Welcome to MountainViews
If you want to use the website often please enrol (quick and free) at top right.
Overview
Detail
Zoom: ??
Tutorial Area
For more map options click on any overview map area or any detail map feature.
Find Suggested Walks
Find hill, mountain, island, coastal feature.
Videos
(none available)
Recent Contributions

MountainViews' Pub Quiz

Tinoran Hill: Further Information

Stockeen Cliff Top: Coastal Hill

Lislorkan Top: Coastal Hill

Back with a vengeance. Knee with a twinge.

Knockardakin: Coastal Hill

Corduff: My wee dander to the summit

Inishowen Slieve Snaght from the north.

Cruach Eoghanach

Absence Makes The Heart Grow Fonder

Slieve Main: Inishowen's second mountain.

Pics de Batoua

Conditions and Info
Use of MountainViews is governed by conditions.
General information about the site is here.
Opinions in material here are not necessarily endorsed by MountainViews.
Hillwalking is a risk sport. Information in comments, walks or shared GPS tracks may not be accurate for example as regards safety or access permission. You are responsible for your safety and your permission to walk see conditions.
Credits and list definitions are listed here Credits
Video display
Rating graphic.
Hungry Hill Mountain Cnoc Daod A name in Irish
(Ir. Cnoc Daod [OSI] or Daod [T6000], 'hill of the tooth/set of
teeth'))
Cork County, in Arderin, Vandeleur-Lynam, Irish Highest Hundred Lists, Purple & green sandstone & siltstone Bedrock

Height: 685m OS 1:50k Mapsheet: 84 Grid Reference: V76088 49726
Place visited by 285 members. Recently by: Eastwestcork, reespdr, jasonmc, Daingean, Deise-Man, PaulNolan, Westcountrygirl, ilenia, marymac, Martinpeak, Krumel, tsheehy, msammon, Juanita, odonovansf
I have visited this place: YES (You need to be a logged-in member to change this.)

Longitude: -9.792407, Latitude: 51.68698 , Easting: 76088, Northing: 49726 Prominence: 400m,  Isolation: 1.8km,   Has trig pillar
ITM: 476071 549807,   GPS IDs, 6 char: HngrHl, 10 char: Hungry Hil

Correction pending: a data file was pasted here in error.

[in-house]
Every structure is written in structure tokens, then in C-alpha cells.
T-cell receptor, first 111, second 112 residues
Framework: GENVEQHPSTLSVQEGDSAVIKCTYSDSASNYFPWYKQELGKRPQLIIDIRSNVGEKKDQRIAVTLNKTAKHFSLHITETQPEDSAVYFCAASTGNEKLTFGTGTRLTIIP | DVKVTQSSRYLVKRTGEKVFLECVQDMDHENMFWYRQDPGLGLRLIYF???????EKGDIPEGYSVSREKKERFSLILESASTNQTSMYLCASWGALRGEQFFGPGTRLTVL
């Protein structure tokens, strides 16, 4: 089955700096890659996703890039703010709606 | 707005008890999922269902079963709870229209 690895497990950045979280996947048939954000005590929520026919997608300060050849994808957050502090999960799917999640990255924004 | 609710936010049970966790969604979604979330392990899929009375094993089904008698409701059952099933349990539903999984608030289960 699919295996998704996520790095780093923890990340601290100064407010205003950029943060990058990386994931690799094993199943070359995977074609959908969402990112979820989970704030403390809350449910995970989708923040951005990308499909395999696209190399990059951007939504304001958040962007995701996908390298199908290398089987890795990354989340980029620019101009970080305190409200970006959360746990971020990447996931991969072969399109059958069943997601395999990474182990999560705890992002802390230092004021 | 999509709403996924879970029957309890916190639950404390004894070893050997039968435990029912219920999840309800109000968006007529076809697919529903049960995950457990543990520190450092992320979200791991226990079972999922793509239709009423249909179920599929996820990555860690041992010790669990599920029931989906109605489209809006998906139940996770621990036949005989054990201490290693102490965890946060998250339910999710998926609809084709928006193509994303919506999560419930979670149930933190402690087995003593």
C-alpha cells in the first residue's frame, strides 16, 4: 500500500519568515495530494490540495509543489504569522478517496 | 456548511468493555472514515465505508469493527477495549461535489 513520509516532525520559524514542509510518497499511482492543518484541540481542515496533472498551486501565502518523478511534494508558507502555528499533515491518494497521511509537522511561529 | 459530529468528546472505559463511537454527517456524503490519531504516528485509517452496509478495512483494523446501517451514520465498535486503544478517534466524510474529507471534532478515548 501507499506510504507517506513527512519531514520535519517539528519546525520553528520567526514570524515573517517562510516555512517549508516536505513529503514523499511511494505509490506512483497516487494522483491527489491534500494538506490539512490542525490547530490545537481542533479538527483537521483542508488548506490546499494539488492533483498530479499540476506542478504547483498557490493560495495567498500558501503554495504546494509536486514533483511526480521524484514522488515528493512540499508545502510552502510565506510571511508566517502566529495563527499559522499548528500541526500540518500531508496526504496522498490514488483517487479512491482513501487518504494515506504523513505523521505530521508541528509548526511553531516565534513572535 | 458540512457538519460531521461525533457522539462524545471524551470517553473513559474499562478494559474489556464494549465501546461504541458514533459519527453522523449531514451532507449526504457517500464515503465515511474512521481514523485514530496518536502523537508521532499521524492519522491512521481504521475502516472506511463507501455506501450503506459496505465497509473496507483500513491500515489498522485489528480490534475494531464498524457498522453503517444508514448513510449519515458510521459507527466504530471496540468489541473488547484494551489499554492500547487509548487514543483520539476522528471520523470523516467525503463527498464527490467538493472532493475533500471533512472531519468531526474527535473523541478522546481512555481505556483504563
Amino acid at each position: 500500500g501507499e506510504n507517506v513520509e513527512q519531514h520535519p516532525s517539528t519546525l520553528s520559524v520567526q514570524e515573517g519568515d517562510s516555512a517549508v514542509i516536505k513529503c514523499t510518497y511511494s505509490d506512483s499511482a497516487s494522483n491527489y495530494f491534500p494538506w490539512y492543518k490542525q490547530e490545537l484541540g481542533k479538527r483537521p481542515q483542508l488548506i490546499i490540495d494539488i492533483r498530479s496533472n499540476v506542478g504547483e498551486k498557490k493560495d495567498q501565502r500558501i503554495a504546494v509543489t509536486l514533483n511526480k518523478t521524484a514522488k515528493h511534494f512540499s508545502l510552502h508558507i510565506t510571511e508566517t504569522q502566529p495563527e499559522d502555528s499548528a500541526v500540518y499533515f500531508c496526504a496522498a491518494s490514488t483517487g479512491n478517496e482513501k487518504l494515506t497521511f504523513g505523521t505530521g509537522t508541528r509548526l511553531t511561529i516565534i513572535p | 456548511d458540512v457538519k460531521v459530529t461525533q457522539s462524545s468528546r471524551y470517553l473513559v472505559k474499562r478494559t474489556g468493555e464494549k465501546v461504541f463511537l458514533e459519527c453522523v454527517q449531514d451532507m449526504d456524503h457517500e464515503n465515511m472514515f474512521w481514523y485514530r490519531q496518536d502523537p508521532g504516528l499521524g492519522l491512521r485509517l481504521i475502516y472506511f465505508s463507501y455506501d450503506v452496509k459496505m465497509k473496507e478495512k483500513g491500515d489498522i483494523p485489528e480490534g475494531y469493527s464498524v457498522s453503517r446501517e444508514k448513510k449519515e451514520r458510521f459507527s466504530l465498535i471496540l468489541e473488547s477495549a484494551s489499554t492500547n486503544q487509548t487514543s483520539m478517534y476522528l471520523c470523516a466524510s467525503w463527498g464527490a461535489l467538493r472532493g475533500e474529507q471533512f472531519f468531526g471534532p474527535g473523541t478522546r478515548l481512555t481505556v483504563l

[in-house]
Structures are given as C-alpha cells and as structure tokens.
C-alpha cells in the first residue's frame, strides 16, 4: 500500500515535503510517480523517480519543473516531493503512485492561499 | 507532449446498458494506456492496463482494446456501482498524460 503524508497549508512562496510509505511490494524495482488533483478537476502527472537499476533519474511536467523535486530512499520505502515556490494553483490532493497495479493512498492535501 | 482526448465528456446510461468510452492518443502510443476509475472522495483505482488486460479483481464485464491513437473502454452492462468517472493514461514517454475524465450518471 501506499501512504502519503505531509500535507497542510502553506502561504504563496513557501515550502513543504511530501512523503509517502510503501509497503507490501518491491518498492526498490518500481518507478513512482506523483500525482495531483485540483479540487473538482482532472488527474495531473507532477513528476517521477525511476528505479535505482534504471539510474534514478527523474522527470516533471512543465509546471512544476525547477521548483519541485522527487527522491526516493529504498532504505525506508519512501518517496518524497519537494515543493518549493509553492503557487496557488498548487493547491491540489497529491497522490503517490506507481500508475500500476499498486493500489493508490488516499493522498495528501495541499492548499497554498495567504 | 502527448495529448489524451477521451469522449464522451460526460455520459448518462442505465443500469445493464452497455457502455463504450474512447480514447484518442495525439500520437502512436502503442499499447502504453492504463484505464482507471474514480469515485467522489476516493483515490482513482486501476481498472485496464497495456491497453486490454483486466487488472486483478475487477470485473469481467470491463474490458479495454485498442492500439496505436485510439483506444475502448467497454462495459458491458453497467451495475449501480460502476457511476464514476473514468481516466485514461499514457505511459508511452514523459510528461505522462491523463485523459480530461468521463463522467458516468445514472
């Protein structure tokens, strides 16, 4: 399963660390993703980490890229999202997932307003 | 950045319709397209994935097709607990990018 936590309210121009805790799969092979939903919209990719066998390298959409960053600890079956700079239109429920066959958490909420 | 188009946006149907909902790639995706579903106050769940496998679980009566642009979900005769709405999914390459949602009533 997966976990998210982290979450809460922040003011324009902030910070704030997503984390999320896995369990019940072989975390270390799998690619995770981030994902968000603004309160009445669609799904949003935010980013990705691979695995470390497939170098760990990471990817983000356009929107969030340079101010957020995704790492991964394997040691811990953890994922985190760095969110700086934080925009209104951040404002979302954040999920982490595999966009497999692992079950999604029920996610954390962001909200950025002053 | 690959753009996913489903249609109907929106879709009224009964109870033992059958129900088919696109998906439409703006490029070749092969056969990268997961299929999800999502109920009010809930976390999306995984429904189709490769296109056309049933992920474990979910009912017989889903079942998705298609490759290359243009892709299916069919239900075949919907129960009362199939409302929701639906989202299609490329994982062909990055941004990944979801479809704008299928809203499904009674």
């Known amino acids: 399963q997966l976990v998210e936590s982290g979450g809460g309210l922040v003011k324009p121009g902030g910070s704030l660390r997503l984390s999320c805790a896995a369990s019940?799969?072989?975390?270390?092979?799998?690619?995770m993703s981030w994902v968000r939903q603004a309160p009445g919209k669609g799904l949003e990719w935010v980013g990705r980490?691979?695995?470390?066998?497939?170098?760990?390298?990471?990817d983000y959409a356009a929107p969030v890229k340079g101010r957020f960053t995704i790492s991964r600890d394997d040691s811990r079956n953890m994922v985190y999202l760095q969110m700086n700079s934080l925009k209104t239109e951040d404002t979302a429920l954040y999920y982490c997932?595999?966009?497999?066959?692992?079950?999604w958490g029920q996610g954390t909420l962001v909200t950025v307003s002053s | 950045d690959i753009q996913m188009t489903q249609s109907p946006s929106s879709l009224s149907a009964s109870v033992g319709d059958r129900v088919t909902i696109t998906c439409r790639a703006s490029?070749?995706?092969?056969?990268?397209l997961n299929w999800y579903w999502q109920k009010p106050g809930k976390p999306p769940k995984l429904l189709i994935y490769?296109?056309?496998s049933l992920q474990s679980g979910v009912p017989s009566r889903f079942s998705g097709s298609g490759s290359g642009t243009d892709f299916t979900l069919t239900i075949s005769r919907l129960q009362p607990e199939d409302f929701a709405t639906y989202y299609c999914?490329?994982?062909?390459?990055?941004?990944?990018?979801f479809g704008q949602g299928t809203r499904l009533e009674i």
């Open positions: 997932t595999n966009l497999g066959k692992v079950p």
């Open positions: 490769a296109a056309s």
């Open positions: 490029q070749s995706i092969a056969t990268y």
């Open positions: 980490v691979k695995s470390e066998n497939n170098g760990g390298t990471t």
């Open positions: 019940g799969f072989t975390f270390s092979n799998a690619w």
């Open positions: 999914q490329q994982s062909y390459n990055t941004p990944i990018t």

Bedrock type: Purple & green sandstone & siltstone, (Caha Mountain Formation)

Hungry Hill is the title of a novel by Daphne du Maurier based on the story of the family of her friend, Christopher Puxley, whose family acquired Dunboy Castle and its lands after the defeat of Donal Cam O'Sullivan Beare. The copper mines located on the hill in the novel are in reality further west near Allihies. The second element of the Irish name, Cnoc Daod, has long been regarded as obscure, but it is probably simply a dialectal variant of déad meaning ‘tooth’, ‘jaw’ or ‘set of teeth’. A family living at the foot of the hill are known locally as the Bun Daods.   Hungry Hill is the highest mountain in the Caha Mountains area and the 130th highest in Ireland. Hungry Hill is the second most southerly summit in the Caha Mountains area. Hungry Hill is the third highest point in county Cork.

Trackback: http://mountainviews.ie/summit/130/?PHPSESSID=s8fg5t09sarsidlaktblu8pnh1
COMMENTS for Hungry Hill << Prev page 1 2 3 4 Next page >>
Surrounded by walls of rock .. by Colin Murphy   (Show all for Hungry Hill)
 
This was the first time we've gone hill walking, .. by seanandbrita   (Show all for Hungry Hill)
 
SW ridge on a sunshiny day .. by yambox   (Show all for Hungry Hill)
 
This photo shows a huge and very visible cairn at .. by simon3   (Show all for Hungry Hill)
 
Two special memories are : A Russian armada of so .. by milo   (Show all for Hungry Hill)
 
MountainViews.ie Picture about mountain Hungry Hill in area Caha Mountains, Ireland
Picture: Ascending the SE ridge, Hungry hill.
 
A super hill..
by scannerman  8 Jul 2016
Climbed Hungry Hill on Tuesday 5th of July last.

What a super mountain.Steep and rocky with some stunning vistas. A mixture of walking, scrambling, balancing on rock steps, avoiding sheer walls but defeating and being defeated by some challenging gullies.

We did most of it in a thick mist accompanied by light rain which enveloped the mountain as we ascended the SE ridge. We had planned the SW ridge but it looked too exposed with the weather coming in.

Interesting to find such a boggy top considering the rocky profile but the long slog to the summit trig in a complete fog-out was'nt fun.

Going down was however. The mist grew thicker to the point of 5m visibility and the ground became very steep. We had gone off route and were descending the south face. Some very exposed cliff loomed out of the fog so rather than climb back up to gain the ridge we traversed SW along the face until easier ground found us safe passage off the hill. Trackback: http://mountainviews.ie/summit/130/comment/18593/
Your Score: Very useful <<  >>Average
 
COMMENTS for Hungry Hill << Prev page 1 2 3 4 Next page >>
(End of comment section for Hungry Hill.)

OSi logo OSNI/LPS logo
Some mapping:
Open Street Map
(Various variations used.)
British summit data courtesy:
Database of British & Irish Hills
(Creative Commons Licence)
MountainViews.ie, a Hill-walking Website for the island of Ireland. 11 Million Visitors Per Year. 1300 Contributors.